Five Homebuying Myths You Shouldn't Believe

Making the decision to buy a home can be scary, especially if you’re not familiar with the process. In the age of digital overload, it’s easy to get bombarded with false information. This may lead you to think you’re not ready to take the plunge into homeownership. However, there are many options available depending on your unique circumstances. Here are just some common myths about buying a home along with useful information that may give you the confidence you need to start down the path of owning a home of your own.  

  1. You need to have a 20% down payment 

This misconception is dangerous because 20% of a home purchase is a lot of money. Therefore, the notion of needing that amount up front scares most potential homebuyers away. This common myth may have originated from the fact the without such a down payment, many are subject to having to pay mortgage insurance which can be costly. However, there are plenty of low and no down payment programs available for both first-time and repeat home buyers as well as options to help with mortgage insurance so that your total monthly payments are affordable. The most important thing to keep in mind when deciding to apply for a mortgage is choosing the right program for you and your down payment needs. Once you realize that having a large down payment isn’t necessary, you can start the process with ease.  

  1. You must be at your job for two years 

Many people think you must be at the same job for two years or more to even be considered for a home loan. However, what lenders want to see is two years of consistent W2 income. That doesn’t necessarily mean it has to be from the same employer the entire time. Mortgage lenders will look at your specific circumstances when considering your loan application, which means that if there is a small gap between jobs, yet you’ve been steadily employed otherwise, you can still be approved for a mortgage. According to Home Buying Institute, “it depends on the borrower and the amount of real or perceived risk to be eligible for a mortgage.” This means that when your loan application is being reviewed, you will have to explain gaps in employment but it’s not a deal breaker. If you’ve switched jobs in a two-year period, you should not let that deter you from seeking mortgage options. 

  1. The first step is in becoming a homeowner is finding the home  

There is a lot that needs to happen before you become a homeowner and chances are the dream home you found will not be there once you’re finally ready to purchase. To avoid disappointment, get pre-approved for a mortgage before you start house hunting. It will help you determine how much you can afford, and a real estate agent is more likely to take you seriously because you’re able to compete with other buyers. Having a loan amount already approved when you start your search means you can focus on the homes you can afford without wasting you or your Realtor’s time and energy. Note that pre-approval isn’t the same as finalizing a home loan, but it will give you a better idea of how to begin your home search as you continue down the path of securing your mortgage. Having a home picked out before being pre-approved is the definition of putting the horse before the cart.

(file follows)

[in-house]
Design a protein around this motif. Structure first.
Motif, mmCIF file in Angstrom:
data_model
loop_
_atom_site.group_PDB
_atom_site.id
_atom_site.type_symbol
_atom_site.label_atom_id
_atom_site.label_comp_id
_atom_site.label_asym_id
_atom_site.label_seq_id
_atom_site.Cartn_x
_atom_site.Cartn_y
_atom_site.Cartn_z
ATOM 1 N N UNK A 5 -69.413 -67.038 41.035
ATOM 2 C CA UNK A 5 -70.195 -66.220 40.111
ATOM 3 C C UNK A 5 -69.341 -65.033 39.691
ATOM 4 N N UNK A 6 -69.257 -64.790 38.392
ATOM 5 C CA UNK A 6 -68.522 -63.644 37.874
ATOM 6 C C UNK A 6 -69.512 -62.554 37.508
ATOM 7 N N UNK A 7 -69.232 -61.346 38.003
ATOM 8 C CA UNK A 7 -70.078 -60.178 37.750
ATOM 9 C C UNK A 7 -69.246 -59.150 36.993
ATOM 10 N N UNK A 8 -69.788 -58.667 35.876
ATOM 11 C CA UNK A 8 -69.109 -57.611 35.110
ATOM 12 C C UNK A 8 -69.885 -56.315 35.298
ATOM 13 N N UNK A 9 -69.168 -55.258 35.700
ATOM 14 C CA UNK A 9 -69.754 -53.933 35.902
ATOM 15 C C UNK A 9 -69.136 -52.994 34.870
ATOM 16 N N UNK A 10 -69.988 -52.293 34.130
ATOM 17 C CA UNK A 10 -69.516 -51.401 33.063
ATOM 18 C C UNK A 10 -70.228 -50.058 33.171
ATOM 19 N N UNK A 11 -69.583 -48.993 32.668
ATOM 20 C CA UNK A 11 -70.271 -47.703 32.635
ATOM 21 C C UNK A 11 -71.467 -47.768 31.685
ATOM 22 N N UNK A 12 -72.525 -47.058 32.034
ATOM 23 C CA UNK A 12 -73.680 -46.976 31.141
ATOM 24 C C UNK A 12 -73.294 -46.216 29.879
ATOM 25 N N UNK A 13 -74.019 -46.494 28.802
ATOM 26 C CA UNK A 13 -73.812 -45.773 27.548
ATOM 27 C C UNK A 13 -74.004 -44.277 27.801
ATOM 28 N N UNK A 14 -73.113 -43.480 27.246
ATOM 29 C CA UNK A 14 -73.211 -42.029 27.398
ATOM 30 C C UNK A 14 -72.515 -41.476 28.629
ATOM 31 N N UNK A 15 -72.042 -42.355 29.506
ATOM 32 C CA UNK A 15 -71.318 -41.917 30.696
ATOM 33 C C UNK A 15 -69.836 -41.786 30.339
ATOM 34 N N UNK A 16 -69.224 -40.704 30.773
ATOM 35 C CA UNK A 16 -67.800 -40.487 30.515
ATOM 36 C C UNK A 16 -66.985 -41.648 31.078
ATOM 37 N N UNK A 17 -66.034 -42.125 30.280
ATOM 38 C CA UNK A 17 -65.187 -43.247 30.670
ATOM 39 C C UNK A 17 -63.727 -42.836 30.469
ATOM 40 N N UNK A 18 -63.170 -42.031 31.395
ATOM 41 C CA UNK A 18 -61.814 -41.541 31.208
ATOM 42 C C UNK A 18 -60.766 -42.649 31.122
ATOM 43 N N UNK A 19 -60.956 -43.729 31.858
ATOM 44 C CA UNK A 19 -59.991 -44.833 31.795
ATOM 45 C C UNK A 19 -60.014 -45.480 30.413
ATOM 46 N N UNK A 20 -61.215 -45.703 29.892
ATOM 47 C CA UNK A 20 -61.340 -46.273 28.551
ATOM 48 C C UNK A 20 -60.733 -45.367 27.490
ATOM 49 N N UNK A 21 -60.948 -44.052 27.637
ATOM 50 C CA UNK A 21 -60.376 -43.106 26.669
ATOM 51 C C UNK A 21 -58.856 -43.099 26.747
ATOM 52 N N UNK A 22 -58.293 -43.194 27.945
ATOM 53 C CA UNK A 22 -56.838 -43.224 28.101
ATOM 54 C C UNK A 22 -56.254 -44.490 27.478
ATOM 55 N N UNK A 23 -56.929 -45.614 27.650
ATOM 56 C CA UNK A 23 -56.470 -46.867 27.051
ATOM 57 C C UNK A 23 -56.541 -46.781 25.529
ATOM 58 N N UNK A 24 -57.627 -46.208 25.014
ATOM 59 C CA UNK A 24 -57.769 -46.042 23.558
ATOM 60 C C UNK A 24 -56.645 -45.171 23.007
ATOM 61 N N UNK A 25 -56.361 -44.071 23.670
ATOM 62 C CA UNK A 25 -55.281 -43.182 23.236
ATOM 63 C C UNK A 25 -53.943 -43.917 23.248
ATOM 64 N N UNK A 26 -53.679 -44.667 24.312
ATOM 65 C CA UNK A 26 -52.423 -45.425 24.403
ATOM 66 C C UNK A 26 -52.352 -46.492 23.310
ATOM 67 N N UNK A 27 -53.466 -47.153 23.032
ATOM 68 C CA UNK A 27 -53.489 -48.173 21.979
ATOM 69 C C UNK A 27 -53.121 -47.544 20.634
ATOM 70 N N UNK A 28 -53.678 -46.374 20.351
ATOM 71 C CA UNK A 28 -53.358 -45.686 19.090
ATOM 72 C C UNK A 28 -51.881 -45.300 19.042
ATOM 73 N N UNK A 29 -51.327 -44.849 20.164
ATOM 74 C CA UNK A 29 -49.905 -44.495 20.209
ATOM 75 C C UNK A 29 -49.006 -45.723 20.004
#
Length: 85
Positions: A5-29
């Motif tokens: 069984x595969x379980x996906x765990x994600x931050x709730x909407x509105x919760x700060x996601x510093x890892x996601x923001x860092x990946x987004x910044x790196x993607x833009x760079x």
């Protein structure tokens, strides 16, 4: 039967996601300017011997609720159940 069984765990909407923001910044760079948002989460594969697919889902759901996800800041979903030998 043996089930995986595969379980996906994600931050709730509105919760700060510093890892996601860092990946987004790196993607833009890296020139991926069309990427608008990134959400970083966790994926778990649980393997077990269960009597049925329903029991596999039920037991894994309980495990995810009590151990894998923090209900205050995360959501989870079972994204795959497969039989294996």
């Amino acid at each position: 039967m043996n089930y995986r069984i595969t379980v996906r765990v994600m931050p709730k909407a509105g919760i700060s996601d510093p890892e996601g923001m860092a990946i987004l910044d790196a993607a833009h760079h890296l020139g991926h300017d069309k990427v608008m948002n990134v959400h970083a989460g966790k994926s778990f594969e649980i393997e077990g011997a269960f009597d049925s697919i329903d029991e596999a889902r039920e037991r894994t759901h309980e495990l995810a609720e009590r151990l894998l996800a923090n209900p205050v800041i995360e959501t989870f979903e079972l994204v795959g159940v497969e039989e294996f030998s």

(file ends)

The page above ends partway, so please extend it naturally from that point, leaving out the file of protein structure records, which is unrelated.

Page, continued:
1. The school system doesn’t matter if you don’t have kids 

If you’re not planning on having school-aged children while living in your home, then you may think you don’t need to consider what school district you’re living in. However, keep in mind that a good school district can impact your home's value. If you ever plan on selling your home, future potential buyers may have children and you want the home to be desirable to them. Also, a good school district typically means a better neighborhood. Combined, taking the school district into account when deciding on which home to buy equals a higher selling price when you’re ready to move on. Kids or no kids, having your home in a good school district is a win-win situation.  

  1. You can’t buy a home with a low credit score 

This may be the easiest myth to fall for. After all, you’ve always heard that your credit score is an important factor in purchasing a home. While this is true, it doesn’t mean that homeownership is impossible. There are definite benefits of having a great credit score such as getting approved for the best interest rates. However, several other factors are considered when applying for a home loan such as your work history. Also, there are many loan programs that help individuals overcome this hurdle. FHA, VA, and USDA loans are just some of the government-backed programs created to work with you despite not-so-stellar credit. Another option available is providing a larger down payment. Whichever route you choose, having bad credit doesn’t mean that your dreams of becoming a homeowner is dashed forever.  

What Does It All Mean? 

The biggest thing to remember if you’re thinking about applying for a mortgage loan is that everyone’s case is different. Rest assured that your loan originator has worked with a variety of situations and is prepared to handle yours as well. They want to see you succeed and are well-versed in how to make it happen. Many of the myths mentioned above have been around for a long time and it can be easy to think of them as concrete standards. However, you’ll never truly know what your options are until you’ve met with a professional. At Silverton Mortgage, we take pride in combining the right financial tools and our top-rated personal service together for you to meet your individual mortgage needs. Not only do we offer the most competitive mortgage rates, but we also have a wide variety of mortgage products, lowest closing costs, and top industry professionals. Don’t believe the myths that surround the mortgage process until you’ve spoken with someone who can help guide you in the right direction.